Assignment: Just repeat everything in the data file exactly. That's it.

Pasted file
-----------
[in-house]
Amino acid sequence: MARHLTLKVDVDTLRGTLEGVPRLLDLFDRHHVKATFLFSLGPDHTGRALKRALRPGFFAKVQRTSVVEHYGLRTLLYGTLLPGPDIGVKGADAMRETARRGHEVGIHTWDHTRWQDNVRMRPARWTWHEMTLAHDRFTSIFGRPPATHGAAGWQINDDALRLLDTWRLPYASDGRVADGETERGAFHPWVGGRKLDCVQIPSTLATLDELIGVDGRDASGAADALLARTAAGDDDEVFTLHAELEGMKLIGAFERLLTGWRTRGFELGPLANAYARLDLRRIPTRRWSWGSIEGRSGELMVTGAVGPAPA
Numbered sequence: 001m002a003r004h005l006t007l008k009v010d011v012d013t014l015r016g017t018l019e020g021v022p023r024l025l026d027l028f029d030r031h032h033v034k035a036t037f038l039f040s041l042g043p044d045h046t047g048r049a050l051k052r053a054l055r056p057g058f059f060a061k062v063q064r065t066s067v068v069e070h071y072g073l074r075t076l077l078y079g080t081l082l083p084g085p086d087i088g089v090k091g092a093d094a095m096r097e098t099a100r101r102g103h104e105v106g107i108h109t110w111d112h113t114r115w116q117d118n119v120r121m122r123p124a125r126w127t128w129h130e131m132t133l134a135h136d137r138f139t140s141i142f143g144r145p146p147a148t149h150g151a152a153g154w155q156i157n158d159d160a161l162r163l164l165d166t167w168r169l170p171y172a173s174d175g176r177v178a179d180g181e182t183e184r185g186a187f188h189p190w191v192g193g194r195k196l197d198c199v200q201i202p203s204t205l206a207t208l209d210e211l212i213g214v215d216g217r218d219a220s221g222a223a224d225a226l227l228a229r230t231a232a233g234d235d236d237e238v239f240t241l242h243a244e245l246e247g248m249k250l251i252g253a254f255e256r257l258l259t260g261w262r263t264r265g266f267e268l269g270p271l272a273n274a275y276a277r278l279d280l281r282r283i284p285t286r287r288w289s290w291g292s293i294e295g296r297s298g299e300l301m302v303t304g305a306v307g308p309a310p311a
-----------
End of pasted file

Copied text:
[in-house]
Amino acid sequence: MARHLTLKVDVDTLRGTLEGVPRLLDLFDRHHVKATFLFSLGPDHTGRALKRALRPGFFAKVQRTSVVEHYGLRTLLYGTLLPGPDIGVKGADAMRETARRGHEVGIHTWDHTRWQDNVRMRPARWTWHEMTLAHDRFTSIFGRPPATHGAAGWQINDDALRLLDTWRLPYASDGRVADGETERGAFHPWVGGRKLDCVQIPSTLATLDELIGVDGRDASGAADALLARTAAGDDDEVFTLHAELEGMKLIGAFERLLTGWRTRGFELGPLANAYARLDLRRIPTRRWSWGSIEGRSGELMVTGAVGPAPA
Numbered sequence: 001m002a003r004h005l006t007l008k009v010d011v012d013t014l015r016g017t018l019e020g021v022p023r024l025l026d027l028f029d030r031h032h033v034k035a036t037f038l039f040s041l042g043p044d045h046t047g048r049a050l051k052r053a054l055r056p057g058f059f060a061k062v063q064r065t066s067v068v069e070h071y072g073l074r075t076l077l078y079g080t081l082l083p084g085p086d087i088g089v090k091g092a093d094a095m096r097e098t099a100r101r102g103h104e105v106g107i108h109t110w111d112h113t114r115w116q117d118n119v120r121m122r123p124a125r126w127t128w129h130e131m132t133l134a135h136d137r138f139t140s141i142f143g144r145p146p147a148t149h150g151a152a153g154w155q156i157n158d159d160a161l162r163l164l165d166t167w168r169l170p171y172a173s174d175g176r177v178a179d180g181e182t183e184r185g186a187f188h189p190w191v192g193g194r195k196l197d198c199v200q201i202p203s204t205l206a207t208l209d210e211l212i213g214v215d216g217r218d219a220s221g222a223a224d225a226l227l228a229r230t231a232a233g234d235d236d237e238v239f240t241l242h243a244e245l246e247g248m249k250l251i252g253a254f255e256r257l258l259t260g261w262r263t264r265g266f267e268l269g270p271l272a273n274a275y276a277r278l279d280l281r282r283i284p285t286r287r288w289s290w291g292s293i294e295g296r297s298g299e300l301m302v303t304g305a306v307g308p309a310p311a